AUC School of Business Partners with Top Five Business Schools in Africa to Enhance Entrepreneurship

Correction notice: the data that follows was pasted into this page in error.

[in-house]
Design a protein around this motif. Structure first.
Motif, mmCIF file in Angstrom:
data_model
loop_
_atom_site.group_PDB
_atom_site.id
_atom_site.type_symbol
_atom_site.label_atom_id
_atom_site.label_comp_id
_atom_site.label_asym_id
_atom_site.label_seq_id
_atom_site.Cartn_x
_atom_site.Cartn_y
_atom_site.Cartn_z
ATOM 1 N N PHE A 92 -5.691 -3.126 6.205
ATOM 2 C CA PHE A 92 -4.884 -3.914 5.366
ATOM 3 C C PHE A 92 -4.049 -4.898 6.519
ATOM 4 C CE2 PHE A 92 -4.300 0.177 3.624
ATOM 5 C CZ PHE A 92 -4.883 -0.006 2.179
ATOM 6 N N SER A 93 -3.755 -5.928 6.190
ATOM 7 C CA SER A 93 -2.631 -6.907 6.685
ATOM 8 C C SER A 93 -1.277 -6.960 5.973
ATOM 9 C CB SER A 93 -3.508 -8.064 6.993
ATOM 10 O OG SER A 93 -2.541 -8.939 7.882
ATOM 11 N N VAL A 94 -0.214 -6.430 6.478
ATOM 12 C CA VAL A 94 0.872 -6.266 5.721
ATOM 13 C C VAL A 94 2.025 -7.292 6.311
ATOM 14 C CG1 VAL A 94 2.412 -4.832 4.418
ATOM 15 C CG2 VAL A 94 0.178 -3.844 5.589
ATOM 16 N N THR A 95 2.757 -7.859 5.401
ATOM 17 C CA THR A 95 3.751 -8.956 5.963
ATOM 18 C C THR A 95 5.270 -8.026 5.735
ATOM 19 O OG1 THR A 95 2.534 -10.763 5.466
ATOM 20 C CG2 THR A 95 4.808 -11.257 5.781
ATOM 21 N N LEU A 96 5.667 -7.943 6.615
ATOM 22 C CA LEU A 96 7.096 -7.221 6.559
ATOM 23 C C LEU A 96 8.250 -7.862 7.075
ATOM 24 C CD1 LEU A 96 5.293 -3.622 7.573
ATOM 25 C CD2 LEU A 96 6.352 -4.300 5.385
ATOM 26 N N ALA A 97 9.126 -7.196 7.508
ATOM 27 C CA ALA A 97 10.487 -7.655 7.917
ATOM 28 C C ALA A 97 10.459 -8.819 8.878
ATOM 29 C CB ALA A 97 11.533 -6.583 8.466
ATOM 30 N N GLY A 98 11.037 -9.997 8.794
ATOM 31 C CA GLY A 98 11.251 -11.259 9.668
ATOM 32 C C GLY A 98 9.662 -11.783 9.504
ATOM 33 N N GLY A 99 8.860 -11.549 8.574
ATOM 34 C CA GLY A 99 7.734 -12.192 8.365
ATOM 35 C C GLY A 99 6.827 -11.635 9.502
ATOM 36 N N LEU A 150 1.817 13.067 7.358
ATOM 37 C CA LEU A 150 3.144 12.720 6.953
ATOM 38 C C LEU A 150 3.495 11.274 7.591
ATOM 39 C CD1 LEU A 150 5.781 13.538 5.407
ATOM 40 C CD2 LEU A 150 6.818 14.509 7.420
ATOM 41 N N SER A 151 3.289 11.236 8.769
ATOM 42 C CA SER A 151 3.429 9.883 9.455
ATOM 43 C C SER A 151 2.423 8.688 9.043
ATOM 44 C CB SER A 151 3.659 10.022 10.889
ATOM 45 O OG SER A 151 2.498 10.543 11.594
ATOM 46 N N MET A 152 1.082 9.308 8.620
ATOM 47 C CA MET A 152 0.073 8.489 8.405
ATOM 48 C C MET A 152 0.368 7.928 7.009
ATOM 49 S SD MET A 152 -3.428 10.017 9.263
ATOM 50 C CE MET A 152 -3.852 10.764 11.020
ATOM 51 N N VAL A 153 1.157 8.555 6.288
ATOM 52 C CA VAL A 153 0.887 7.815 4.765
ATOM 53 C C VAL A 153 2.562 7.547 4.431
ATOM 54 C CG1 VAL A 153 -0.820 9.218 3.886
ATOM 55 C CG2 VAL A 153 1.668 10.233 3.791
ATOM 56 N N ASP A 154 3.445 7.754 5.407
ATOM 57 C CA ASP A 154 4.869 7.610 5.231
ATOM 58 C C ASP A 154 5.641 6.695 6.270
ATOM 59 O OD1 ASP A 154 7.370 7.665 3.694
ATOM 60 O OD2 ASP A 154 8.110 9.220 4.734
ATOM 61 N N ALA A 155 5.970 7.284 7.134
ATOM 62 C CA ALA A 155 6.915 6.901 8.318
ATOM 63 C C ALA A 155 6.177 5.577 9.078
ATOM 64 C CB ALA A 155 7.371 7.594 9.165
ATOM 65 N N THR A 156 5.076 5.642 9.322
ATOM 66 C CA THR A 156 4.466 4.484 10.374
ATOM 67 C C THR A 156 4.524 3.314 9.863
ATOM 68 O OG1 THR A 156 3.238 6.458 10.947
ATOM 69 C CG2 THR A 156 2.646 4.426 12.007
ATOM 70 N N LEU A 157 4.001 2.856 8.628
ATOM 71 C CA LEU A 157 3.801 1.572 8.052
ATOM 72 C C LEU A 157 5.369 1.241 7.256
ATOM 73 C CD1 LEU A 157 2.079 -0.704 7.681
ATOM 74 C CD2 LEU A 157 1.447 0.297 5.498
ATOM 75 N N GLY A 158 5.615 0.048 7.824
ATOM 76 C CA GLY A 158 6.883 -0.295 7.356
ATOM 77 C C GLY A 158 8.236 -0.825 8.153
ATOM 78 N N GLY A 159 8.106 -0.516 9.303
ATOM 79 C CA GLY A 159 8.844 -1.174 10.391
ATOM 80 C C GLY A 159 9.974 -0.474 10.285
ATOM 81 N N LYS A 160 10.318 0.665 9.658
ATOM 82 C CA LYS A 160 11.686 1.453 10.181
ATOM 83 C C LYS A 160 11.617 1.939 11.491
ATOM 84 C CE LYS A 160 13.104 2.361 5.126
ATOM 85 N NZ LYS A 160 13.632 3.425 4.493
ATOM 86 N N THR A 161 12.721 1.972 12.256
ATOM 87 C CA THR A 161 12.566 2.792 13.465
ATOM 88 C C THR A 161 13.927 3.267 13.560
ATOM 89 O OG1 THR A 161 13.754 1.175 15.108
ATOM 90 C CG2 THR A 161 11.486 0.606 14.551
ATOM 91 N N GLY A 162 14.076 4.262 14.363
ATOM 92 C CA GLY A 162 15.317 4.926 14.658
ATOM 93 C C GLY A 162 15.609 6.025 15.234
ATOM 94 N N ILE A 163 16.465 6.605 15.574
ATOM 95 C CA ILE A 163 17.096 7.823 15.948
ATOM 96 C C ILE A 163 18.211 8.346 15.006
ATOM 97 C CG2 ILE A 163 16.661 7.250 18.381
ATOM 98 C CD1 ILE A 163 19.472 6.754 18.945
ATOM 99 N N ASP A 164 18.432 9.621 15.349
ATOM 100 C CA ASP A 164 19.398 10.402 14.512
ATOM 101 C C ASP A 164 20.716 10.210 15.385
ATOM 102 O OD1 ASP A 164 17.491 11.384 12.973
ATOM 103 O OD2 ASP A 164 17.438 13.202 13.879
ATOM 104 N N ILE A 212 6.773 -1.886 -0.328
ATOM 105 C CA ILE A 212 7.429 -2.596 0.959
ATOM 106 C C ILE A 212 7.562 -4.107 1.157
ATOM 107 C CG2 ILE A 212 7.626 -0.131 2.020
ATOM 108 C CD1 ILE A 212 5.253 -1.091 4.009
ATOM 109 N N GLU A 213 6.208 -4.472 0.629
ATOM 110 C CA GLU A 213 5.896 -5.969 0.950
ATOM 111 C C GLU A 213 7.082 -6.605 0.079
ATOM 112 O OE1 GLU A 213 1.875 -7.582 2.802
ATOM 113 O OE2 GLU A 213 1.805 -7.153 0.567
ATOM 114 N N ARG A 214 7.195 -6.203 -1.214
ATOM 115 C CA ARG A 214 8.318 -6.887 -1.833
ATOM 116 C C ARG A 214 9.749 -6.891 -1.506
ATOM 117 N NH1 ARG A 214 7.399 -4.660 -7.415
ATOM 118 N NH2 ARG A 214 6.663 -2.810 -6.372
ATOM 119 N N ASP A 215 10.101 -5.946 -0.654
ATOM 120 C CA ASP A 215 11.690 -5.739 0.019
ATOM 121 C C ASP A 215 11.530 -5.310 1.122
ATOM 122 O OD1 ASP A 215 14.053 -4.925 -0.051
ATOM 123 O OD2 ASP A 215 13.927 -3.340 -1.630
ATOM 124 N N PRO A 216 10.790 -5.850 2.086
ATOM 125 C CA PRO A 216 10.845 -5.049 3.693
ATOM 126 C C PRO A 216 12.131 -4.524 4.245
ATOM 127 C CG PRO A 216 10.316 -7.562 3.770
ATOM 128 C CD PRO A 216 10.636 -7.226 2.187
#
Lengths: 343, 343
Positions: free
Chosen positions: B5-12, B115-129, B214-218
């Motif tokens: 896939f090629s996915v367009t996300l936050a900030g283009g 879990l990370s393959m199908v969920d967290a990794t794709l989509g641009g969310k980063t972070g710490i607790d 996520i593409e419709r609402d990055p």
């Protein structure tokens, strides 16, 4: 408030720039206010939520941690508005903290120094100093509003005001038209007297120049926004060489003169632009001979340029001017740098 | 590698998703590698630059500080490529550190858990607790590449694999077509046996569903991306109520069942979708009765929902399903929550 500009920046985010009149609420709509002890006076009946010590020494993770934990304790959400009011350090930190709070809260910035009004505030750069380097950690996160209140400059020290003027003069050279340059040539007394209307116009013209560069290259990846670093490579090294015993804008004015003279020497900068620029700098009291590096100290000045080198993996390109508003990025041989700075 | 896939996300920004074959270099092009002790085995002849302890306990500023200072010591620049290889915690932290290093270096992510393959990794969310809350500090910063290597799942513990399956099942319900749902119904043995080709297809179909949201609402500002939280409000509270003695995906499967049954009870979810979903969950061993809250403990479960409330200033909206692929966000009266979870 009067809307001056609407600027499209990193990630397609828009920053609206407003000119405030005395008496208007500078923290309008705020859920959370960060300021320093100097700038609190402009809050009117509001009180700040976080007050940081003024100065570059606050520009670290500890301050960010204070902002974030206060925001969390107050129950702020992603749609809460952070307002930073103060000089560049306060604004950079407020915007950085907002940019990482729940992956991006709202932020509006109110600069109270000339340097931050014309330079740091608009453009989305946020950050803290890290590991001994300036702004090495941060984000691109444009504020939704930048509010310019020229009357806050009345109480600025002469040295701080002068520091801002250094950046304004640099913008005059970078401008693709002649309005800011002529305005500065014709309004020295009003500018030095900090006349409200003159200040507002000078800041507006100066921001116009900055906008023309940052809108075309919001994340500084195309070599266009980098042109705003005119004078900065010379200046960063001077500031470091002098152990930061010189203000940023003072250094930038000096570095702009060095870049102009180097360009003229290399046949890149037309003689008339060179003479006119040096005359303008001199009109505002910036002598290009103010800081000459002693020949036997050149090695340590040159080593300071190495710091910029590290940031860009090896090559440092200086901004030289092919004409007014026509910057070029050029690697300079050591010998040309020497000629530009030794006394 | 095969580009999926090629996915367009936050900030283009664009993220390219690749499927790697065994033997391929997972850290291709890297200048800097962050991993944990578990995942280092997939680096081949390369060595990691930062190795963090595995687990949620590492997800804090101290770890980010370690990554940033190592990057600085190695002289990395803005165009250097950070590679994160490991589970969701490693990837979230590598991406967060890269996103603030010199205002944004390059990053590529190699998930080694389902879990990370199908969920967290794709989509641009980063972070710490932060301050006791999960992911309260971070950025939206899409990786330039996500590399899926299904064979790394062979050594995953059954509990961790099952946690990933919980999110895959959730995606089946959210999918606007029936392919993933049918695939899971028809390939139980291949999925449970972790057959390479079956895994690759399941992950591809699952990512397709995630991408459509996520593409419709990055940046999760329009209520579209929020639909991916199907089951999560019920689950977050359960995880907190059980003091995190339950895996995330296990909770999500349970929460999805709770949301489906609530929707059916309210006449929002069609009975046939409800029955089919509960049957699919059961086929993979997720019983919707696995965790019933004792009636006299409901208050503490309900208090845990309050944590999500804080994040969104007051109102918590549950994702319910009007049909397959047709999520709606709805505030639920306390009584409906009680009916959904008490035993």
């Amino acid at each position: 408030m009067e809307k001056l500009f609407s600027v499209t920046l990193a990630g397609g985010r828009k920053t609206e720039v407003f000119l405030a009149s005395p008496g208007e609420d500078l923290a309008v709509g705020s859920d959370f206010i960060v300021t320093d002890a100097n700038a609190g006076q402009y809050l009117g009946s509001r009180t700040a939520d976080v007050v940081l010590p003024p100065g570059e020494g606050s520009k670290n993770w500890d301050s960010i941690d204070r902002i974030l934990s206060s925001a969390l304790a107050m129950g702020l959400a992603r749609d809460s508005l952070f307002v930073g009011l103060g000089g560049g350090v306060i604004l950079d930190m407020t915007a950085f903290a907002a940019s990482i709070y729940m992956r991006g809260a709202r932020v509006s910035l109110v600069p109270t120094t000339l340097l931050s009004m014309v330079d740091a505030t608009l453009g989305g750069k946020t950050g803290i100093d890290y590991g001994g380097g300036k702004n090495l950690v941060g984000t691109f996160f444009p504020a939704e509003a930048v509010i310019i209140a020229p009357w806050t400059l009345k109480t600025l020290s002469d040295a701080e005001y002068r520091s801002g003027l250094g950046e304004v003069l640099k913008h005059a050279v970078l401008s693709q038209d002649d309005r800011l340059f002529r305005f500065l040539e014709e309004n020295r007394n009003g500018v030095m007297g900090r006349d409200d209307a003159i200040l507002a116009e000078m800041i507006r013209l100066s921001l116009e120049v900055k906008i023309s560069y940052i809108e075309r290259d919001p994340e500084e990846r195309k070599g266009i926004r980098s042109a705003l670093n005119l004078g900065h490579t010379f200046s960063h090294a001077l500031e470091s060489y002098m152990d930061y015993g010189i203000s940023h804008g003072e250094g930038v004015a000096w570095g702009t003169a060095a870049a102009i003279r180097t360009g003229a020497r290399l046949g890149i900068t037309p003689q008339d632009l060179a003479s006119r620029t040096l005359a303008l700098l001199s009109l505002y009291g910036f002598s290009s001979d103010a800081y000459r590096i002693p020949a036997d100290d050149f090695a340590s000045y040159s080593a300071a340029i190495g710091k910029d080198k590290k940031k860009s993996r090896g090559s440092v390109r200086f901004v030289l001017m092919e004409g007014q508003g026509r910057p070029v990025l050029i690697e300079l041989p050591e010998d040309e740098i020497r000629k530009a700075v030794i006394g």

Apply   Print -  Email -  Share AUC Web » News » News Release Release Date: March 16, 2015 Contact: Dena Rashed tel. 26152383 mobile 01280009078 AUC School of Business Partners with Top Five Business Schools in Africa to Enhance Entrepreneurship March 16, 2015, Cairo – The American University in Cairo (AUC) signed a novel partnership agreement with a consortium of leading African business schools from four major countries. The newly formed African Academic Association on Entrepreneurship (AAAE) is committed to sharing resources, expertise and research to give a much-needed boost to entrepreneurship, job creation and economic development on the continent.  AAAE will promote and develop academic cooperation – particularly in the areas of entrepreneurship, small business development, innovation and start-ups – through research, case study development, the academic exchange of students and faculty as well as academic materials and publications, professional internships and technical cooperation. “The inception of the AAAE is an important step towards enhancing entrepreneurship across Africa and it will play a key role in leading the continent towards stronger linkages among African business schools focusing on teaching and research in the areas of entrepreneurship and small business development – including family business – as well as promoting global collaboration,” said Karim Seghir, dean of AUC School of Business.   AUC will serve as the coordinator of the collaboration until a structured steering committee has been set up. The other five participating business schools are the University of Cape Town Graduate School of Business, South Africa (UCT GSB), Stellenbosch University of Stellenbosch, South Africa (USB), Esca Maroc Ecole De Management of Casablanca, Morocco (ESCA), The Lagos Business School of Lagos, Nigeria (LBS), and Strathmore Business School of Nairobi, Kenya (SBS). According to Seghir, entrepreneurship and innovation are widely regarded as key mechanisms to address chronic unemployment and poverty on the continent. The most recent International Labour Organisation Global Employment Trends report has shown that paid employment opportunities in Sub-Saharan Africa are scarce and the vulnerable employment rate, at 77.4 per cent in 2013 are the highest in the world. “The AAEE will seek to address this directly. A sustainable solution to unemployment on the continent is a well-directed entrepreneurship ecosystem and a more effective educational system,” he said. According to Sarah-Anne Arnold, manager of the MTN Solution Space at the UCT GSB who represents the UCT GSB in the AAEE, promoting the exchange of ideas, experiences and skills is core to building up an entrepreneurship ecosystem on the continent. “If we want to build our continent then we need to invest in building networks that are broader than any one single institution. The fuel to innovate is created when people with different experiences, realities, passions and ideas come together with the mandate and support structures to develop new possibilities,” she said.  “Our work in the MTN Solution Space at the UCT GSB is very much geared in this direction and we are excited to be able to share what we are learning through the AAEE.” Professor Khaled Ismail, Willard Brown chair for International Business Leadership and director of the Centre for Entrepreneurship at AUC believes that this agreement will enrich the entrepreneurship education at AUC and partner schools. “We expect an exchange of faculty and students between the academic partners, which will enrich their understanding and expand their horizons around what is happening in Africa.” Seghir said the new association will seek to expand over the coming months to include more African business schools. There is also an explicit objective to invite collaboration between global business schools in the academic study of entrepreneurship. The AAAE will also seek to build bridges between academic and industry knowledge. “We have a common interest in building a stronger, economically active Africa. And working together we can achieve more than working alone,” concluded Seghir.

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